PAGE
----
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dc.contributor.authorWhelan, R
dc.contributor.authorLonergan, R
dc.contributor.authorKiiski, H
dc.contributor.authorNolan, H
dc.contributor.authorKinsella, K
dc.contributor.authorHutchinson, M
dc.contributor.authorTubridy, N
dc.contributor.authorReilly, R B
dc.date.accessioned2012-02-01T10:28:22Z
dc.date.available2012-02-01T10:28:22Z
dc.date.issued2012-02-01T10:28:22Z
dc.identifier.citationJ Neurol Sci. 2010 Jun 15;293(1-2):45-50.en_GB
dc.identifier.issn1878-5883 (Electronic)en_GB
dc.identifier.issn0022-510X (Linking)en_GB
dc.identifier.pmid20399448en_GB
dc.identifier.doi10.1016/j.jns.2010.03.010en_GB
dc.identifier.urihttp://hdl.handle.net/10147/207019
dc.description.abstractBACKGROUND: The no-go P3a is a variant of the P300 event-related potential (ERP) that indexes speed of information processing and attention allocation. The aim of this study was to compare ERP findings with results from the paced auditory serial addition test (PASAT) and to quantify latency, amplitude and topographical differences in P3a ERP components between multiple sclerosis (MS) patients and controls. PATIENTS AND METHODS: Seventy-four subjects (20 relapsing remitting (RRMS) patients, 20 secondary progressive (SPMS) patients and 34 controls) completed a three-stimulus oddball paradigm (target, standard, and non-target). Subjects participated in separate visual and auditory tasks while data were recorded from 134 EEG channels. Latency differences were tested using an ANCOVA. Topographical differences were tested using statistical parametric mapping. RESULTS: Visual P3a amplitude correlated with PASAT score in all MS patients over frontal and parietal areas. There were significant differences in latency, amplitude, and topography between MS patients and controls in the visual condition. RRMS and SPMS patients differed in visual P3a latency and amplitude at frontal and parietal scalp regions. In the auditory condition, there were latency differences between MS patients and controls only over the parietal region. CONCLUSION: The present results demonstrate that information processing speed and attention allocation are impaired in MS.
dc.language.isoengen_GB
dc.subject.meshAcoustic Stimulation/methodsen_GB
dc.subject.meshAdulten_GB
dc.subject.meshAttention Deficit Disorder with Hyperactivity/*etiologyen_GB
dc.subject.meshCognition Disorders/*etiologyen_GB
dc.subject.meshElectroencephalography/methodsen_GB
dc.subject.meshEvent-Related Potentials, P300/physiologyen_GB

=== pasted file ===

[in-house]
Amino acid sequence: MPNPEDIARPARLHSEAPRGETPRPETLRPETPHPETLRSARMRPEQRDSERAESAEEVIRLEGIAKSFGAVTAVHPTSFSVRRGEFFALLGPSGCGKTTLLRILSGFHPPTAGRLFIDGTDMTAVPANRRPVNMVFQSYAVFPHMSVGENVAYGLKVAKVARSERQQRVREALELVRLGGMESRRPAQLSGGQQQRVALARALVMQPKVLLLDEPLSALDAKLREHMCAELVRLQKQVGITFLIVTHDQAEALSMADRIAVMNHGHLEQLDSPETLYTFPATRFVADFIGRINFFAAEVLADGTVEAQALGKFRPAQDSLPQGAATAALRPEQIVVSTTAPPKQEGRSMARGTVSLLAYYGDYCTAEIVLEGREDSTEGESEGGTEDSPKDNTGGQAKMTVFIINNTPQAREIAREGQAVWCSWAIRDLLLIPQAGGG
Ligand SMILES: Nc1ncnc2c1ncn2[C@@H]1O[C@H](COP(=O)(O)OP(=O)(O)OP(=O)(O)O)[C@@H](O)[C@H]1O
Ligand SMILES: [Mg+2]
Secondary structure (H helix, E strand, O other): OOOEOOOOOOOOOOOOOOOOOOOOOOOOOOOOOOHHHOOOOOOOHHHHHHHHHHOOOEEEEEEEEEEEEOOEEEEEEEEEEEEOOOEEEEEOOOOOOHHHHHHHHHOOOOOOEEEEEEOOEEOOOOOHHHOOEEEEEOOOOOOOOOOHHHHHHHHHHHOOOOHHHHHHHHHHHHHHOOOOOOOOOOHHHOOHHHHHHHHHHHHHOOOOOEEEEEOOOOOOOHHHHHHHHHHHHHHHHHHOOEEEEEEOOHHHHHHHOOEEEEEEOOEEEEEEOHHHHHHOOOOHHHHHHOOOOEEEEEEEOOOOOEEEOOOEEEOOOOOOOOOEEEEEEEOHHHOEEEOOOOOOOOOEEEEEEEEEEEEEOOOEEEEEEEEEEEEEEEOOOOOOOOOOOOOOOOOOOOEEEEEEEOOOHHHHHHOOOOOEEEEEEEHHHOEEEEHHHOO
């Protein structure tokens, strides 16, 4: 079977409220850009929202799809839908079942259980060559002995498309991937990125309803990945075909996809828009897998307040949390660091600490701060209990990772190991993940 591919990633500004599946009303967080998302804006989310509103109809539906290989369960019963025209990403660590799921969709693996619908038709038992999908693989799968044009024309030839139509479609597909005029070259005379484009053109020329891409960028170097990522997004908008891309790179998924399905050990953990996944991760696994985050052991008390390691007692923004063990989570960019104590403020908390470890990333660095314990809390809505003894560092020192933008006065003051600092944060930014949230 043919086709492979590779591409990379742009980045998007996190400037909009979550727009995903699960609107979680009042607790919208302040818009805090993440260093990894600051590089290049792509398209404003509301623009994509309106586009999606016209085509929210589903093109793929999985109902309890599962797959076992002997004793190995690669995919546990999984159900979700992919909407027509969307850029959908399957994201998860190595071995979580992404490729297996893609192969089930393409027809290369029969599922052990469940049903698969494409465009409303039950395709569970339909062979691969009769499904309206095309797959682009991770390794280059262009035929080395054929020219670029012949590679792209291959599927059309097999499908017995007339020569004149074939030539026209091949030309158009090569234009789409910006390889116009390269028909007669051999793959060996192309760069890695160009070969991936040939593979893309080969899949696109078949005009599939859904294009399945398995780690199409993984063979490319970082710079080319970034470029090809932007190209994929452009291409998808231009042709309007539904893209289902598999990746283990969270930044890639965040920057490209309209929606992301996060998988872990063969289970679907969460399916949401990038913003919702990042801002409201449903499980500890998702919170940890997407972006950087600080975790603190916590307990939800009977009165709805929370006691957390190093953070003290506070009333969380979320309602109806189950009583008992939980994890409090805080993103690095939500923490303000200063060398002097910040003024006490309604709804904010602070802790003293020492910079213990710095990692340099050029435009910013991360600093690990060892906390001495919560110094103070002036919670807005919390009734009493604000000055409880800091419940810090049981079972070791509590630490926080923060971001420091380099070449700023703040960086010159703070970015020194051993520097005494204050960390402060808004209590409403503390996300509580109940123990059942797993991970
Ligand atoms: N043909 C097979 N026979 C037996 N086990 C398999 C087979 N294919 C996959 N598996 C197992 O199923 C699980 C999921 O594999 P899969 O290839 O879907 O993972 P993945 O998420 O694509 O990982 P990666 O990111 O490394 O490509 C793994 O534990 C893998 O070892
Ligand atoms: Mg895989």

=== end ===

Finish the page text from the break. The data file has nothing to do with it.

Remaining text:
dc.subject.meshFemaleen_GB
dc.subject.meshHumansen_GB
dc.subject.meshMaleen_GB
dc.subject.meshMental Processes/*physiologyen_GB
dc.subject.meshMiddle Ageden_GB
dc.subject.meshMultiple Sclerosis/*complicationsen_GB
dc.subject.meshNeuropsychological Testsen_GB
dc.subject.meshNumerical Analysis, Computer-Assisteden_GB
dc.subject.meshPhotic Stimulation/methodsen_GB
dc.subject.meshReaction Time/*physiologyen_GB
dc.titleImpaired information processing speed and attention allocation in multiple sclerosis patients versus controls: a high-density EEG study.en_GB
dc.contributor.departmentDepartment of Neurology, St. Vincent's University Hospital, University College, Dublin, Dublin, Ireland. Robert.whelan@tcd.ieen_GB
dc.identifier.journalJournal of the neurological sciencesen_GB
dc.description.provinceLeinster
html.description.abstractBACKGROUND: The no-go P3a is a variant of the P300 event-related potential (ERP) that indexes speed of information processing and attention allocation. The aim of this study was to compare ERP findings with results from the paced auditory serial addition test (PASAT) and to quantify latency, amplitude and topographical differences in P3a ERP components between multiple sclerosis (MS) patients and controls. PATIENTS AND METHODS: Seventy-four subjects (20 relapsing remitting (RRMS) patients, 20 secondary progressive (SPMS) patients and 34 controls) completed a three-stimulus oddball paradigm (target, standard, and non-target). Subjects participated in separate visual and auditory tasks while data were recorded from 134 EEG channels. Latency differences were tested using an ANCOVA. Topographical differences were tested using statistical parametric mapping. RESULTS: Visual P3a amplitude correlated with PASAT score in all MS patients over frontal and parietal areas. There were significant differences in latency, amplitude, and topography between MS patients and controls in the visual condition. RRMS and SPMS patients differed in visual P3a latency and amplitude at frontal and parietal scalp regions. In the auditory condition, there were latency differences between MS patients and controls only over the parietal region. CONCLUSION: The present results demonstrate that information processing speed and attention allocation are impaired in MS.


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